The idea that we are able of transform ourselves in the face of adversity and live better lives is something that has interested me for many years. Having worked clinically with people who have suffered sexual abuse, this made me think about the potential impact of PTG on their quality of life. Much of the focus around sexual abuse tends to cover the damaging effects and long term negative impact. It is the recognition of strength and resilience that is often missed; how they have coped, how they managed to get themselves through each day, how they were able to form relationships despite the difficulties in trusting others, how they picked themselves up and carried on. It’s the persistent and continual steps of resilience that gradually results in growth. This gives me hope and highlights the beauty of humanity, especially how incredibly durable we, as human beings, can be.

As a trainee psychologist, I am learning the value of being part of someone’s growth journey.  For me it is the most rewarding aspect of my role. It is the stories of how people have coped, survived and remain determined in the face of adversity that I find truly fascinating.

 

To feel their struggle and witness their progress fills me with confidence that growth after trauma is possible. Whilst we tend to admire those who are ‘strong’ and ‘resilient’, in some cases, this idea is skewed and ‘strength’ is often viewed in those who do not seem to be affected by the adversity, perhaps those who don’t show emotion or talk about their difficulties. We are learning that this is not always the case and actually those who experience PTG are those who may struggle with their emotions, who express their pain and ‘carry on’ regardless.

 

This idea is often a challenge for males.  Society conditions us to believe men should be tough, unemotional, and certainly not be victims of sexual abuse. Therefore, for many male survivors, trying to fit with this masculine concept many influence their experience of growth. I have asked myself, is it possible for male survivors to experience growth in a society which promotes masculinity? I believe the answer is yes. The male gender role is evolving and warmth, compassion and sensitivity are key masculine attributes.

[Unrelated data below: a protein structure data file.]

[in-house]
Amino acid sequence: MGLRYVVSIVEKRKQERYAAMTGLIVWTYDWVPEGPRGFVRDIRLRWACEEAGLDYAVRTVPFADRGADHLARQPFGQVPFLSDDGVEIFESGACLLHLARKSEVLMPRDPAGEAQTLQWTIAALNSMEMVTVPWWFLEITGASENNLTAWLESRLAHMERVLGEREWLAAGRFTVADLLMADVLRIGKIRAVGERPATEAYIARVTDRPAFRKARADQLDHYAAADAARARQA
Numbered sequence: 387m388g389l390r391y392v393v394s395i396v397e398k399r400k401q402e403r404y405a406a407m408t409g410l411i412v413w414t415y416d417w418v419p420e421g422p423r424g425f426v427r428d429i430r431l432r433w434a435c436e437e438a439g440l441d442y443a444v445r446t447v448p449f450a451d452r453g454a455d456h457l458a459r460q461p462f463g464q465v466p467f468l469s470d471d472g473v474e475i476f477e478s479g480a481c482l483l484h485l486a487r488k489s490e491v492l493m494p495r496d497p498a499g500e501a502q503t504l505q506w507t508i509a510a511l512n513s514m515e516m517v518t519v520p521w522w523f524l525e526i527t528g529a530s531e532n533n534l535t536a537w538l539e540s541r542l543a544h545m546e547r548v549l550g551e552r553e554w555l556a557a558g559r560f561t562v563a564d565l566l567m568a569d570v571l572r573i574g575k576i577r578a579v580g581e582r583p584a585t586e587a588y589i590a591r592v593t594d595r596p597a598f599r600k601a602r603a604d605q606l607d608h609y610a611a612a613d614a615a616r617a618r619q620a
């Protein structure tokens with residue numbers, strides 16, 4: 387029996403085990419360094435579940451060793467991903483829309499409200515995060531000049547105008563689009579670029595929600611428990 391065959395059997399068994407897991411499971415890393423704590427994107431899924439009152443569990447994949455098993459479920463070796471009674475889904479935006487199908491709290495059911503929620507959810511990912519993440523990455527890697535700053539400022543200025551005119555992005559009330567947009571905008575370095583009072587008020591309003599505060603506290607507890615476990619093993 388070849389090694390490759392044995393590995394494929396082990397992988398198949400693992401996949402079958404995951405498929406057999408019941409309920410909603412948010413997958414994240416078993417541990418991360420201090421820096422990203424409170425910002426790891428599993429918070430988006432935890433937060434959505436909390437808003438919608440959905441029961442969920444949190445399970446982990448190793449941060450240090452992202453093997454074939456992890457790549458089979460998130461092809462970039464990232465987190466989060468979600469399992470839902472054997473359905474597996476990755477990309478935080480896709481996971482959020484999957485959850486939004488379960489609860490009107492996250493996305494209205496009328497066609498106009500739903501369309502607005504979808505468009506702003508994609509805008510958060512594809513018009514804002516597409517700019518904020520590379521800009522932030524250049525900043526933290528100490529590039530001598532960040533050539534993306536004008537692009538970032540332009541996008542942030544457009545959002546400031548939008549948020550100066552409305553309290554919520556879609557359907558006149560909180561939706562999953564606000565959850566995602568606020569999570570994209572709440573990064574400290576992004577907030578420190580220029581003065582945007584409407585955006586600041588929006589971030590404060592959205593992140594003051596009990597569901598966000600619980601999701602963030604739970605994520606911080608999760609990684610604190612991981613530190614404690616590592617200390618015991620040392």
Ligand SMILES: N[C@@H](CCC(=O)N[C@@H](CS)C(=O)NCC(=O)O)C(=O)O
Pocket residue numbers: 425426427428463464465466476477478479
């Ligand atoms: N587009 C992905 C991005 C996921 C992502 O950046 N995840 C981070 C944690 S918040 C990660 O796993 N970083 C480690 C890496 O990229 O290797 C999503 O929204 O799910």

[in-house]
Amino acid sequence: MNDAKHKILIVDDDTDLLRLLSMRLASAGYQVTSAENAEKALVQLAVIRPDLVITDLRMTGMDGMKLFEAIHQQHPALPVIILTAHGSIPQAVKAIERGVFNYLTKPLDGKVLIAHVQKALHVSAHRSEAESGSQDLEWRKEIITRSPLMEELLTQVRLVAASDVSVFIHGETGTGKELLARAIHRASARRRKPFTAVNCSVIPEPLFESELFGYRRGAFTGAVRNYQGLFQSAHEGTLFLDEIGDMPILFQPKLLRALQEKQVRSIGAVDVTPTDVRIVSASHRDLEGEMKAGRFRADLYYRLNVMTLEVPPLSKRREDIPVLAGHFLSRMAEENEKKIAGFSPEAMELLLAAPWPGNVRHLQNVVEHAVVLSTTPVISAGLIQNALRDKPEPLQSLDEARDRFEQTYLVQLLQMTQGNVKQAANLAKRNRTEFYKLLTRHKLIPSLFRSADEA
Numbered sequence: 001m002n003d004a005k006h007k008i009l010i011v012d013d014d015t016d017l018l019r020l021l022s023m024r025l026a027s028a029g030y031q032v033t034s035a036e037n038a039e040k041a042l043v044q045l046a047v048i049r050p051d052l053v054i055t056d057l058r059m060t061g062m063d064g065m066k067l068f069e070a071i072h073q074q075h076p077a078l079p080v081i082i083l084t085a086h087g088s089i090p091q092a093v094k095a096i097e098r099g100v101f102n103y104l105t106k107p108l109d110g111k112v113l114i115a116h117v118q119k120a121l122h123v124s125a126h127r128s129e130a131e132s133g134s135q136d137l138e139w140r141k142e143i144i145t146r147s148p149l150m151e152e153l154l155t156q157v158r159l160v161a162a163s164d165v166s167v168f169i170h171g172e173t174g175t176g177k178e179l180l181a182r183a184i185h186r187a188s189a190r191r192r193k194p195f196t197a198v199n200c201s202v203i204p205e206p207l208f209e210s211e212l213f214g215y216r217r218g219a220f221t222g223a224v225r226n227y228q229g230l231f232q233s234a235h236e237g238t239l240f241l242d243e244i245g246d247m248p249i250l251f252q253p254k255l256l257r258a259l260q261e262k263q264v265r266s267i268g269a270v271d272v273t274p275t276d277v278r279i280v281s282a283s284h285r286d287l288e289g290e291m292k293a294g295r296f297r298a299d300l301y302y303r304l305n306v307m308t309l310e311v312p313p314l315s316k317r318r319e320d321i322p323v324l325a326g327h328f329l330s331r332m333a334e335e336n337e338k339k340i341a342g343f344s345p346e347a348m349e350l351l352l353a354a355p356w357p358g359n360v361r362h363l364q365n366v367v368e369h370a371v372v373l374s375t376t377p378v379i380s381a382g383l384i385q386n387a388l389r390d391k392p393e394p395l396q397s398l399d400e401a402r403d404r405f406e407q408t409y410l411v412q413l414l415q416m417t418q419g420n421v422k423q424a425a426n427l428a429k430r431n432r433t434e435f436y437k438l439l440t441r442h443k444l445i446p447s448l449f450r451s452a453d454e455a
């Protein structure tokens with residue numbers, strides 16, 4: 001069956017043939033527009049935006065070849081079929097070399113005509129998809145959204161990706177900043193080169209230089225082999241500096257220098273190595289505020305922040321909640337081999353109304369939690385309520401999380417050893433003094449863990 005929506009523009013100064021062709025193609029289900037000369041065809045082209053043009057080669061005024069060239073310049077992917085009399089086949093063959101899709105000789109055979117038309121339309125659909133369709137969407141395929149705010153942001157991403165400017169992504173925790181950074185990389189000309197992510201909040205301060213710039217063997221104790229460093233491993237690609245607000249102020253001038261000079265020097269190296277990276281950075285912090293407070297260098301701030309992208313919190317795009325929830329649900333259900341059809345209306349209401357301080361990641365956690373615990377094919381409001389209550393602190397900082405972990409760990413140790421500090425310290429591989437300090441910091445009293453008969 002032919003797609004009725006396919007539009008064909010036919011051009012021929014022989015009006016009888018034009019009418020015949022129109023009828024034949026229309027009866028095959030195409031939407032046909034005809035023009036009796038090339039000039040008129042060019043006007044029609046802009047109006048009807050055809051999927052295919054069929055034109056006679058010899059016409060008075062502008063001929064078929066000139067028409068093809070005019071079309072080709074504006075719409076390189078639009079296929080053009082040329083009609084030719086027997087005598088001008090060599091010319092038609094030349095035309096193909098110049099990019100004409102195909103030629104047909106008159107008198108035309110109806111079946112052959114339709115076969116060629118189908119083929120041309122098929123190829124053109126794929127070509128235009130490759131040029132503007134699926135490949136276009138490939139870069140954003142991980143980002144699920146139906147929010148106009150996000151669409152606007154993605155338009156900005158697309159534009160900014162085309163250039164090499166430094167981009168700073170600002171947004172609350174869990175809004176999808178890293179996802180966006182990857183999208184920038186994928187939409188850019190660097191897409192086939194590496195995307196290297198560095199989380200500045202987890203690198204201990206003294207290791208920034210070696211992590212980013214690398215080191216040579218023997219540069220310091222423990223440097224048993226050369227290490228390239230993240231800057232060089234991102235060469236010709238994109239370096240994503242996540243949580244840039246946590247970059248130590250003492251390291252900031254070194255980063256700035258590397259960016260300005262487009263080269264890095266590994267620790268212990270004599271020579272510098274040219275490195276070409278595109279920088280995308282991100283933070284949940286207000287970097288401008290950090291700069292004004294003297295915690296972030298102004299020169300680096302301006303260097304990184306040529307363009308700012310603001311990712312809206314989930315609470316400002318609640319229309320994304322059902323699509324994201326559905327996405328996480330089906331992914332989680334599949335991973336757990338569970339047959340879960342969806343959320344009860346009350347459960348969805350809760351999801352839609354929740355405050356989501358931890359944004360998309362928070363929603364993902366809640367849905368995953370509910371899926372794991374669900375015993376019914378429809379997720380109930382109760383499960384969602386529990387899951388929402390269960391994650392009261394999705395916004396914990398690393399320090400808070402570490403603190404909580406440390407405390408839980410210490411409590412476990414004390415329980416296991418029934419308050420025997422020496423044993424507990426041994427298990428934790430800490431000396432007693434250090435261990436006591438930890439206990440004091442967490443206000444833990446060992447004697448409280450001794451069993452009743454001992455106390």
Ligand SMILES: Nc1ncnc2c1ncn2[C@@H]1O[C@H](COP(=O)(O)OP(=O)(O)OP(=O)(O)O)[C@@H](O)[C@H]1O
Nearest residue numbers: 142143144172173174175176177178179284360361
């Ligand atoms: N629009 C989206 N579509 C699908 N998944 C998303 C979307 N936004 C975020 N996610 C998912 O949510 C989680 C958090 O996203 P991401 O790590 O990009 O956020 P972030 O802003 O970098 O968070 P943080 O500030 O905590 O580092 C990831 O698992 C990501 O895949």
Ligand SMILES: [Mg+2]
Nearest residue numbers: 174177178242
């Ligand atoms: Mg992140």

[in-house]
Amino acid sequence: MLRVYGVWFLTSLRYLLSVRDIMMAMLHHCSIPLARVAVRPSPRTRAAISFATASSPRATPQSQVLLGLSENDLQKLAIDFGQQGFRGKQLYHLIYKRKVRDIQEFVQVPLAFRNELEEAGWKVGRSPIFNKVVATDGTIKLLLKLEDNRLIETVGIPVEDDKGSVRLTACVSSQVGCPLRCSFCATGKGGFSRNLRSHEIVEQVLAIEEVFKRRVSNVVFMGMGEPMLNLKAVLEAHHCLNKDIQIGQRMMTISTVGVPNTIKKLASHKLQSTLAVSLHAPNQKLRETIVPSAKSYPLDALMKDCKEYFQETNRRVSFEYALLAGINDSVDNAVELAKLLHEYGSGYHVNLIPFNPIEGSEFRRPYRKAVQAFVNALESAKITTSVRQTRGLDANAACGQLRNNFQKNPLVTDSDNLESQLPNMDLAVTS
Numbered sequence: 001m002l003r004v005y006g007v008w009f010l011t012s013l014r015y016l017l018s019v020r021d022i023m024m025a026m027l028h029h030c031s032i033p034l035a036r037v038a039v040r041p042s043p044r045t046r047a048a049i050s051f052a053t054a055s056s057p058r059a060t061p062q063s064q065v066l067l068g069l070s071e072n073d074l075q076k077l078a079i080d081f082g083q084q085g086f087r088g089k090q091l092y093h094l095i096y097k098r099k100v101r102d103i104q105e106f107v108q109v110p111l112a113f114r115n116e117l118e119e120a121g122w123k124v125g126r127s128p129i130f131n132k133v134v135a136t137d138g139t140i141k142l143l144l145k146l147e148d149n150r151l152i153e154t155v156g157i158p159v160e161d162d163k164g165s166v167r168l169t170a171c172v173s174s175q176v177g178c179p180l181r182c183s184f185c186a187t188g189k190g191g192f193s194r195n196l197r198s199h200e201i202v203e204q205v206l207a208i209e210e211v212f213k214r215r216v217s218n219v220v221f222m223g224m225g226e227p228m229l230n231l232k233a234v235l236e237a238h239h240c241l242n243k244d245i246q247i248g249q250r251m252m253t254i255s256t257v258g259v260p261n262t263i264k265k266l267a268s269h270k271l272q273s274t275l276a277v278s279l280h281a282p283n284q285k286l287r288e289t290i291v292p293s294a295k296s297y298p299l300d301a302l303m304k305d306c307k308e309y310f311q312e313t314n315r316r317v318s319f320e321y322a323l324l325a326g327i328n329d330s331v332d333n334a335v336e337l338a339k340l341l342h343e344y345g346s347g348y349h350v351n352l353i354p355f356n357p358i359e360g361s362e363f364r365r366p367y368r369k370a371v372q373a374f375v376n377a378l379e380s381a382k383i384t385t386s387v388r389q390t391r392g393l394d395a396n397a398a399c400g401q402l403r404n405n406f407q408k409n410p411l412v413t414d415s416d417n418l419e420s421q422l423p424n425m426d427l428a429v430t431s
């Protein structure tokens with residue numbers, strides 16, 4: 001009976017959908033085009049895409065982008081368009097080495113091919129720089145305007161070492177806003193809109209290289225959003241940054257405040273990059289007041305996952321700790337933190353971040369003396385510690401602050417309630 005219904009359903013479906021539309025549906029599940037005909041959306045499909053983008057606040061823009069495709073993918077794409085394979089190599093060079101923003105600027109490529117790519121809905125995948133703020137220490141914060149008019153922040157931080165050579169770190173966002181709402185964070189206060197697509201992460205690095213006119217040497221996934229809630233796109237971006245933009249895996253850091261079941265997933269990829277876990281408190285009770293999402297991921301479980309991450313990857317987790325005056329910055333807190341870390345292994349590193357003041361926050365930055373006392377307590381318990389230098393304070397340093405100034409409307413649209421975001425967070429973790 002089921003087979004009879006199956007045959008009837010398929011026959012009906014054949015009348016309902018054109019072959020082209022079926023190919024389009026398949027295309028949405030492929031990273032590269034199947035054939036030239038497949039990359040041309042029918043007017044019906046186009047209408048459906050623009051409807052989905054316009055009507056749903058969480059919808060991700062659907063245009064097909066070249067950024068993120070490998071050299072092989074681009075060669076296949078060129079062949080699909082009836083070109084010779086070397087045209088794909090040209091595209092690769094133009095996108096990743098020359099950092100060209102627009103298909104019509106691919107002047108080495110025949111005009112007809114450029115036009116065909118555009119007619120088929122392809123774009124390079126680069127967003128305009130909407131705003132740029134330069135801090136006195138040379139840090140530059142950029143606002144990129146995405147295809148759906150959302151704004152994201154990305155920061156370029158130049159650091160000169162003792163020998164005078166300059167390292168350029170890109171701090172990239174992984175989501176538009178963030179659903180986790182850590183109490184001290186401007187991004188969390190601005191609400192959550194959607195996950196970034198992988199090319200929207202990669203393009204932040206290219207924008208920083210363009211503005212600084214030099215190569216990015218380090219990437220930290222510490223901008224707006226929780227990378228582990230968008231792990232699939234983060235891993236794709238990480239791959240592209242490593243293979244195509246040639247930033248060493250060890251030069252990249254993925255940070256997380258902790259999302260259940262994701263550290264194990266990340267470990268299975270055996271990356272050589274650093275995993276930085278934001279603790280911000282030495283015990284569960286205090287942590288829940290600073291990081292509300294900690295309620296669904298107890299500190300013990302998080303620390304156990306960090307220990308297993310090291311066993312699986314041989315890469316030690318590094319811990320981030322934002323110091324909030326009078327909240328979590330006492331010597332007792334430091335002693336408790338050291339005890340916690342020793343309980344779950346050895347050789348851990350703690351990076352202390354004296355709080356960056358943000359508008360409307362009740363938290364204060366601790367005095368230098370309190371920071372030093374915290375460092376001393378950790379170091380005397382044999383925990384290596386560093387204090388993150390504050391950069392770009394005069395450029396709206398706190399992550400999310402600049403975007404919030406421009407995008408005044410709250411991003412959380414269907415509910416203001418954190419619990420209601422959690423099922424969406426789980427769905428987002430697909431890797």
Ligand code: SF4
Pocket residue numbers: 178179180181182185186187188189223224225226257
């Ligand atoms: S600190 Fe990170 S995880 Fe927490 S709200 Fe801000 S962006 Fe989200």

The more we accept and recognise males as victims of sexual abuse and the struggles they face, the less stigma male survivors will feel in disclosing their experiences and getting the correct support, and the more opportunity there is for growth.

Post traumatic growth after sexual abuse is possible. However, we know this is not always possible for everyone. It is therefore vital we learn more about the processes involved and how growth is developed. The need for more research in this area is undoubtedly essential. The more we understand the processes involved in making this happen, the better placed we are at supporting people in their growth journeys. If we could find this out, bottle it and sell it, the scope for transforming people’s lives is huge. Growth and resilience is what we need to pay more focus to.  It gives us hope, brings people together and shows us our unique worth as human beings.

Hazel Lewis (Student Clinical Psychologist University of Liverpool)

Email:  hlewis@liv.ac.uk

Twitter: @malesurvivorsresearchUK

Facebook: male survivors research UK

Share this post